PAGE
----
Mozart, Le Nozze di Figaro: Soloists, Orquesta Sinfónica de Madrid, Coro Intermezzo. Conductor: Víctor Pablo Pérez. Teatro Real de Madrid. 30.5.2011 (JMI)
Production Teatro Real in coproduction with Bilbao’s ABAO, Las Palmas Teatro Pérez Galdós and Lithuanian Opera and Ballet Theatre
Direction: Emilio Sagi
Sets: Daniel Bianco
Costumes: Renata Schussheim
Lighting: Eduardo Bravo
Choreography: Nuria Castejón
Figaro: Pietro Spagnoli
Susanna: Aleksandra Kurzak
Countess: Annette Dasch
Count: Nathan Gunn
Cherubino: Alessandra Marianelli
Don Bartolo: Carlos Chausson
Marcellina: Jeannette Fischer
Basilio: Raúl Giménez
Barbarina: María Savastano
Don Curzio: Enrique Viana
Antonio: Miguel Sola
Emilio Sagi’s Le Nozze di Figaro premiered in Madrid in July of 2009. Two years ago this production was a huge success with most everything working to perfection. If this revival remains the real winner, it’s largely due to the staging, but the musical aspect was not what could be expected and the vocal cast outstanding only as regards the secondary characters. The production has traveled much, between the premiere and the revival, and I have written about it for Seen & Heard, not just from Madrid (review), but also from Bilbao (review) and Pamplona ( review).
This time the musical direction was entrusted to Victor Pablo Perez, who seems always ready to conduct operas by Mozart, just never truly convincing. Le Nozze di Figaro is an opera buffa that needs a big dose of life, of joy and of lightness, and when you get none of those, something’s amiss. No question Mr. Perez is an excellent conductor, but not in this repertoire. Right from the overture you could tell that we were not going to attend a “folle journée”, but rather a very correct journée: short on lightness and joy, long on prim and proper. Not even the orchestra was at its best. Perhaps a question of too few rehearsals, given the disappointing performance of the choir, particularly in Act I.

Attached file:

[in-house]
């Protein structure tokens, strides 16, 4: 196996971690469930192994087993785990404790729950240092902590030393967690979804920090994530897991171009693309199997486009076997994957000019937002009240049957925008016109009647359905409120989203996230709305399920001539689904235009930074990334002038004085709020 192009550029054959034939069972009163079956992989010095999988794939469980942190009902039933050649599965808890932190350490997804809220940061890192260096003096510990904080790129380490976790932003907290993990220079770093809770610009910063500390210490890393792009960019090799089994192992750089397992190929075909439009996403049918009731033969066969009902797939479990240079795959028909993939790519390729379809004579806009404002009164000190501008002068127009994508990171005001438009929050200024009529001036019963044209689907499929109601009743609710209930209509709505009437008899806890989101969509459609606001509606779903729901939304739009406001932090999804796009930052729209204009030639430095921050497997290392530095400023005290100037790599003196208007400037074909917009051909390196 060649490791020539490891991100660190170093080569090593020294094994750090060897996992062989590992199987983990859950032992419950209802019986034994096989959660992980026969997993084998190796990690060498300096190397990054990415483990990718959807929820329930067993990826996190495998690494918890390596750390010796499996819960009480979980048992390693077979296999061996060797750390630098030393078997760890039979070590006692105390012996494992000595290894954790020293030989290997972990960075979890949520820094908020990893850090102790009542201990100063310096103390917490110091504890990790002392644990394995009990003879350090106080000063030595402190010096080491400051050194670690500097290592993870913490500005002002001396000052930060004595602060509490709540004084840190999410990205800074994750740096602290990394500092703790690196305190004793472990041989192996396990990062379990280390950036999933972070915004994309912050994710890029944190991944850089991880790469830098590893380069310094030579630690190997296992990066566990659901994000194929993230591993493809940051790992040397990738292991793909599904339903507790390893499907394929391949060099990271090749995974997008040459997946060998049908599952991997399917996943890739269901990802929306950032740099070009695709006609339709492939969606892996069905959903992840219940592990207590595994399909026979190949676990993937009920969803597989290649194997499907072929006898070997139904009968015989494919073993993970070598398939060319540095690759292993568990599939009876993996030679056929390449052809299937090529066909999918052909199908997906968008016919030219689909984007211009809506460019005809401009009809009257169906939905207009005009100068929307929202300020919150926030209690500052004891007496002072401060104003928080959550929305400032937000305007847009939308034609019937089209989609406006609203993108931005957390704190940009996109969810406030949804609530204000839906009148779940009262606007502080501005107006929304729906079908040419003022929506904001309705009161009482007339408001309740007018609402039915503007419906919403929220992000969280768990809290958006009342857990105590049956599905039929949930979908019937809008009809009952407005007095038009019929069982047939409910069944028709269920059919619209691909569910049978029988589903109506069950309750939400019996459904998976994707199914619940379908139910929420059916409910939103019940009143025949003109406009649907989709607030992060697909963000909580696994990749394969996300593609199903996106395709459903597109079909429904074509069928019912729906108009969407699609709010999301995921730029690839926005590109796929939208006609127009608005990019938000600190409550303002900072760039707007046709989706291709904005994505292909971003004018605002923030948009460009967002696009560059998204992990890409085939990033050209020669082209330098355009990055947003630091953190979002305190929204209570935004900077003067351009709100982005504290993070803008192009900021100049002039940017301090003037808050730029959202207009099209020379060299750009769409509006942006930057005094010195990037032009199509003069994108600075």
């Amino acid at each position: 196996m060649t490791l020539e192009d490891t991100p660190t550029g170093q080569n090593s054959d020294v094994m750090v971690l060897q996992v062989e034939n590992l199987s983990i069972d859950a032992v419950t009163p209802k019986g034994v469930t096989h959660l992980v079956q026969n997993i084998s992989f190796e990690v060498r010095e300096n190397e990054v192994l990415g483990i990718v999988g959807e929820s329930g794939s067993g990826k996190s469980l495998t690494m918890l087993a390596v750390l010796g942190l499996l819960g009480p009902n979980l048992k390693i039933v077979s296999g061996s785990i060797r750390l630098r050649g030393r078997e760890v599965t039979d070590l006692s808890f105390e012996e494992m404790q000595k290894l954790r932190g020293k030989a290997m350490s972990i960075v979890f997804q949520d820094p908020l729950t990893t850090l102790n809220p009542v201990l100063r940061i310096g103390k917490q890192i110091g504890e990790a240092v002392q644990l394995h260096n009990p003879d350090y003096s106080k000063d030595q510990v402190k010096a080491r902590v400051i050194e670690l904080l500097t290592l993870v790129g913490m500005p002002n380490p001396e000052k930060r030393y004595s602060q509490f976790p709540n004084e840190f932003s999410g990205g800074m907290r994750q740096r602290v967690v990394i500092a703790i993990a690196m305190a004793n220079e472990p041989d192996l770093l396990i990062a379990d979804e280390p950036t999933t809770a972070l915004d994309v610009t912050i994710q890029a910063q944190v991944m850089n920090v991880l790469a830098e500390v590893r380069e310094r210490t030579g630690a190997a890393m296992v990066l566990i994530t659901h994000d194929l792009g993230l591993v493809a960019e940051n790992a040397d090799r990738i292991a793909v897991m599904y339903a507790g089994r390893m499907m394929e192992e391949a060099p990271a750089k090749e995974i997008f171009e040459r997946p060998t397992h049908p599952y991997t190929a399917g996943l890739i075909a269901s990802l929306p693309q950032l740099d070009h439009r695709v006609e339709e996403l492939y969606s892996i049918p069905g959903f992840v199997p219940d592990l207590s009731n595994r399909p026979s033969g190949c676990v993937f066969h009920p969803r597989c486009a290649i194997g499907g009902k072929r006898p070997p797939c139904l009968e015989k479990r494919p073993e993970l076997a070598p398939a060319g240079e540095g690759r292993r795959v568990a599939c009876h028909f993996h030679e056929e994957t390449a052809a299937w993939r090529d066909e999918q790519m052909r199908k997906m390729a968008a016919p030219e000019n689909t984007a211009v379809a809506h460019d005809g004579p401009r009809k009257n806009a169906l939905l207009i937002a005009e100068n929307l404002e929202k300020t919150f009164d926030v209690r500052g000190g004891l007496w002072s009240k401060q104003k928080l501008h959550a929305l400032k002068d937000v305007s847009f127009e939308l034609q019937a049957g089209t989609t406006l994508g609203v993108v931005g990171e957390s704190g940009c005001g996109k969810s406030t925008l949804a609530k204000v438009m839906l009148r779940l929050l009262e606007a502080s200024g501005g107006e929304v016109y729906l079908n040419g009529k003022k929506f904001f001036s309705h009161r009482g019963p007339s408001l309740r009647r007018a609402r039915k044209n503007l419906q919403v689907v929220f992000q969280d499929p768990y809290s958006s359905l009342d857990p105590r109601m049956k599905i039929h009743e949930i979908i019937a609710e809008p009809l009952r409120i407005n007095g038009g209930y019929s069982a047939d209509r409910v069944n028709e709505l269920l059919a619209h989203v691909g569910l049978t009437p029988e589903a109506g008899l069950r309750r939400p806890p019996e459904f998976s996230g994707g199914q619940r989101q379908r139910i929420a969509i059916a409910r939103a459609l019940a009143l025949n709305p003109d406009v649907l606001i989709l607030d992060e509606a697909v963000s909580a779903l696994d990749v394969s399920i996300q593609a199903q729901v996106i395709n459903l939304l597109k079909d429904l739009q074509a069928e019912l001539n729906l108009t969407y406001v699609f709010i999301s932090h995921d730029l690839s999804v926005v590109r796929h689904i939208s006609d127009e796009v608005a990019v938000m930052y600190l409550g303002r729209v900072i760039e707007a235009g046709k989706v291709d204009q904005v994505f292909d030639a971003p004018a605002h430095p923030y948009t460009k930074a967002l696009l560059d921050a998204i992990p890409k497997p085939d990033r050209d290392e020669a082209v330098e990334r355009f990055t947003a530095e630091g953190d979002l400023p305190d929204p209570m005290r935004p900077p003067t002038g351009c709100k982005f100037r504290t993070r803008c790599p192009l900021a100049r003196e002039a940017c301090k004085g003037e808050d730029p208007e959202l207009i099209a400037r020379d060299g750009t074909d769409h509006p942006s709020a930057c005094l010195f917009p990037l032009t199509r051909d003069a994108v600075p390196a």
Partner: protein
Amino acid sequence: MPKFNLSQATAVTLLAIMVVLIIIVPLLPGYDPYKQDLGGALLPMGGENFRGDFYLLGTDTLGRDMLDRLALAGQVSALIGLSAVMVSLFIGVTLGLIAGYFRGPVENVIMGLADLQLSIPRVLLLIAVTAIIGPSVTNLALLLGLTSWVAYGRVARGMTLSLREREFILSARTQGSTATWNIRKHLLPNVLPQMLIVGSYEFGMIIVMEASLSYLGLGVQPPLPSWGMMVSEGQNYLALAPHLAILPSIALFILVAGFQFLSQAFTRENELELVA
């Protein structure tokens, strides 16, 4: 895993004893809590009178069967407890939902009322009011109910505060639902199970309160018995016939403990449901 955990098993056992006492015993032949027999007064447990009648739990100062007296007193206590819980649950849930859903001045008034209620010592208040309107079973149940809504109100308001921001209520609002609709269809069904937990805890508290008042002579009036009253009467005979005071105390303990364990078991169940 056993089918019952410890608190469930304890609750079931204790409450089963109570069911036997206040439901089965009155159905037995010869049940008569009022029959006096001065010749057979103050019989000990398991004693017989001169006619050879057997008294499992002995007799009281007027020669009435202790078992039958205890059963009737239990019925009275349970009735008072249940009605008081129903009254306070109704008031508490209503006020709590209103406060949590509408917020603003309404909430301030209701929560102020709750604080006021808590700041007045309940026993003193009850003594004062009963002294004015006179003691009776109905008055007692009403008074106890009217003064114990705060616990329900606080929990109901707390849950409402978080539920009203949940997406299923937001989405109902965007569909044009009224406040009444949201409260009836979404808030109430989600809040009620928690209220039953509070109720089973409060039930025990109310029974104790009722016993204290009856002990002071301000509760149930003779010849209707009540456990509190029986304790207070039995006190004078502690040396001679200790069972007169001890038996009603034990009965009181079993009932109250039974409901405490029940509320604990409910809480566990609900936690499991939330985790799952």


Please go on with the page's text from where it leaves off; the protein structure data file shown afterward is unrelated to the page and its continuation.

Two years ago Luca Pisaroni turned in a great Figaro, this time Pietro Spagnoli fell well below the set standard. In fact, he did not rise above sheer mediocrity.
The memories of Isabel Rey as Susanna at the premiere of this production, as well as the performance of Ainhoa Garmendia in Bilbao were very vivid in my mind and only an Aleksandra Kurzak at her best could get to that level. In fact, of the four principal singers, only she was worth of a top opera house. She was outstanding indeed, in a fully convincing performance, crowned with a magnificent version of the aria “Deh, vieni non tardar.”
German soprano Annette Dasch is one of those singers who are the delight of the opera directors today, offering attractiveness, stage presence, and great acting abilities. But the Countess is not for her, I am afraid. Annette Dasch was an excellent Countess on stage, giving much sense to her recitatives, but Mozart does not forgive any shortcomings in those most beautiful arias that he gave to this role. Annette Dasch was mediocre in both arias, truly disappointing and singing off pitch more than once.
Something similar happens with American baritone Nathan Gunn as Count Almaviva. In 2009 Madrid had a spectacular Mariusz Kwiecien, unsurpassed in this character, and Bilbao an outstanding Ludovic Tézier. The Nathan Gunn of 2011 cannot be compared with either of them. He can be very interesting in a different repertoire, as he is a great singing-actor, but not here. The silence that the audience met his big aria in Act III with, was most eloquent on this subject.
Alessandra Marianelli was a good Cherubino. The character can be sung by a soprano or a mezzo soprano, but I find it more interesting with a darker voice than a light soprano. In the trio of the second act the presence of three sopranos did not offer enough contrast of voices.
If the main characters didn’t fill the expectations set by the respective roles’ predecessors in this production, the situation was reversed with the secondary characters. Or not exactly reversed, since Carlos Chausson simply repeated his excellent Bartolo as did Jeannette Fischer d her Marcellina… the latter being a better actress than singer, but very convincing at “Il capro è la capretta”. Raúl Giménez was outstanding again as Basilio, even though he didn’t shine much in the (cut, as is usual) aria in Act IV. Maria Savastano was new as Barbarina and proved remarkable in every aspect.